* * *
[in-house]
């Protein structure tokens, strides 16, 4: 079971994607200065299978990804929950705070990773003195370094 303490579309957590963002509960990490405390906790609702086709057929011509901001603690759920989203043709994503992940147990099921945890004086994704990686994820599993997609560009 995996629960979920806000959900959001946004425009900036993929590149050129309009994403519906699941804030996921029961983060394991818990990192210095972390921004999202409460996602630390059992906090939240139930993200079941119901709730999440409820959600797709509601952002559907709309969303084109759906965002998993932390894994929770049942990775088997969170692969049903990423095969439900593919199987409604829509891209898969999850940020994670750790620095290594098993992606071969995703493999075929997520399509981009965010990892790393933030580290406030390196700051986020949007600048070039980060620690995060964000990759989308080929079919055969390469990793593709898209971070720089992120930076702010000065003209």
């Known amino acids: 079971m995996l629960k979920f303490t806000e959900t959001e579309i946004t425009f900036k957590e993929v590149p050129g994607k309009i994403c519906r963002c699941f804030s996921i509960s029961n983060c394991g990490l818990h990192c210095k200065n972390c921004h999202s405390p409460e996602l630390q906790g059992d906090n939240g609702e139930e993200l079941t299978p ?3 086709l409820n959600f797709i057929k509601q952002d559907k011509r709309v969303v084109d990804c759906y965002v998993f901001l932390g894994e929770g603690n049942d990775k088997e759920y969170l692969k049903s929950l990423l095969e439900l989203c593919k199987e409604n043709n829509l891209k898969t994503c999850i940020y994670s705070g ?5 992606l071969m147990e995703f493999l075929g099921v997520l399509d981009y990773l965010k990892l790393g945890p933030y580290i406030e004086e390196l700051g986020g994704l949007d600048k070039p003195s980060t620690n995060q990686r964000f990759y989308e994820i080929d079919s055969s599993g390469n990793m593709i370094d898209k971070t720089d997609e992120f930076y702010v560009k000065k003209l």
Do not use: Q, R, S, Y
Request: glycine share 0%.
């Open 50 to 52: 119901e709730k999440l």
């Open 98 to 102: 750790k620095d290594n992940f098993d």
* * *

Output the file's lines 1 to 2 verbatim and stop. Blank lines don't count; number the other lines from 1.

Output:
[in-house]
């Protein structure tokens, strides 16, 4: 079971994607200065299978990804929950705070990773003195370094 303490579309957590963002509960990490405390906790609702086709057929011509901001603690759920989203043709994503992940147990099921945890004086994704990686994820599993997609560009 995996629960979920806000959900959001946004425009900036993929590149050129309009994403519906699941804030996921029961983060394991818990990192210095972390921004999202409460996602630390059992906090939240139930993200079941119901709730999440409820959600797709509601952002559907709309969303084109759906965002998993932390894994929770049942990775088997969170692969049903990423095969439900593919199987409604829509891209898969999850940020994670750790620095290594098993992606071969995703493999075929997520399509981009965010990892790393933030580290406030390196700051986020949007600048070039980060620690995060964000990759989308080929079919055969390469990793593709898209971070720089992120930076702010000065003209």